Tradition

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It’s Chinese New Year today.

As a Chinese Indonesian, I’ve learned the tradition of Chinese family.

There should be a family gathering diner on Chinese New Year’s eve. All member of the big family get together and eat and get very loud.

The next day, on the New Year’s day, we have to wake up very early (so that we will not miss the blessings), we should not sweep the floor (to avoid loosing any blessings), we should cut our hair (to repel bad luck or in Indonesian we call it “buang sial”). We also have to get ready to go around. Younger sister/brother has to come to the older family member’s house and congratulate them. The older and married family member should prepare money in a red envelope (ang pao) to give away to the younger unmarried ones. Oranges, sweet cakes, sticky cakes are everywhere.

Growing up in a Chinese family doesn’t mean that I did all of those tradition. Especially now. My dad (who was the oldest brother in his family) has passed away. My uncles are in Semarang. I don’t have any grandparents from both sides anymore. My mom is the only child in her family. My married brother and sister in Jakarta are busy with the other side of the family. My mom was “kidnapped” to have New Year’s eve diner with my sister-in-law family.  So it left three of us only; me and my two sisters.

I spent the New Year’s eve with my teacher friends.  We hung out at Starbucks coffee until late at night. Going home so late, I couldn’t make it to wake up very early today. I didn’t cut my hair. We had our house cleaned. And we didn’t go around “hunting” for angpao.  But unsurprisingly, I didn’t loose any blessings. I am still alive, healthy, a part of a family. And when I woke up, I saw a red envelope with my name written on it.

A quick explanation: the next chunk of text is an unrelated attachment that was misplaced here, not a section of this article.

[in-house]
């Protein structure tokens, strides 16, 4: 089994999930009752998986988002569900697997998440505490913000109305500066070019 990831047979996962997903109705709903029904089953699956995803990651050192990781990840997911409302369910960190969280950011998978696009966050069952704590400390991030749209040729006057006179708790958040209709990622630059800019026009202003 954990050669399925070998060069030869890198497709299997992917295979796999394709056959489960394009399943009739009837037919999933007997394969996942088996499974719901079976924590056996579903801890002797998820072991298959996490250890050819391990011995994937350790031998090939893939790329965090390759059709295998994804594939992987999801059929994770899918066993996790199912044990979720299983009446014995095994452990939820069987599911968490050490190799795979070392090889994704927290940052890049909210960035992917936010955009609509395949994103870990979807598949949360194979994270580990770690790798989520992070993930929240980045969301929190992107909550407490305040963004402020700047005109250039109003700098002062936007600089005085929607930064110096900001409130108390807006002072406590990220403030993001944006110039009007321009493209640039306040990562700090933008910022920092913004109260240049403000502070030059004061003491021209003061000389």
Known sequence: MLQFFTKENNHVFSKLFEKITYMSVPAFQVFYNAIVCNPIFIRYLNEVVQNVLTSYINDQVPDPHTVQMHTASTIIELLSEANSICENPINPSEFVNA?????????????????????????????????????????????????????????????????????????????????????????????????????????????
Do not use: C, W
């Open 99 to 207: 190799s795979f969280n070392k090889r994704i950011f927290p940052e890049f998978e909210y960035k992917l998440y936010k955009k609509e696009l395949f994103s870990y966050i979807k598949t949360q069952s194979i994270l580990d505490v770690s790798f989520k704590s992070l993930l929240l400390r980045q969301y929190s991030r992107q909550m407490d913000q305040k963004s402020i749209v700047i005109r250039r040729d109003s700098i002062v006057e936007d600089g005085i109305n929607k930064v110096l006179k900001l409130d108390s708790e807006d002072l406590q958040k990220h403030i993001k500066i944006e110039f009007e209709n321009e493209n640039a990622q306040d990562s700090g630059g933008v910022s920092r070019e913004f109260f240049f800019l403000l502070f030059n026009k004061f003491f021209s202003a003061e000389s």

Hm…. as I think through… a part of me is sad because my family doesn’t have any particular tradition we do each year. But another part of me is feeling free, very free.

I am not saying that I don’t like tradition. Many times I envy other families with all of their tradition.

Doing the tradition or not, I am a part of a family. And I am grateful for it.

I am Viliya Dewi Pamungkas, a Chinese Indonesian, no matter what I do and I don’t do. I am grateful for who I am and I am proud to be a part of my family.

Gong Xi Fa Choi! Happy Chinese Year!

 

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2 responses »

  1. I can relate. Our family doesn’t have many (any?) traditions, but I love my family, just as we are!

    We are grateful for who you are and are blessed that you were with our family.

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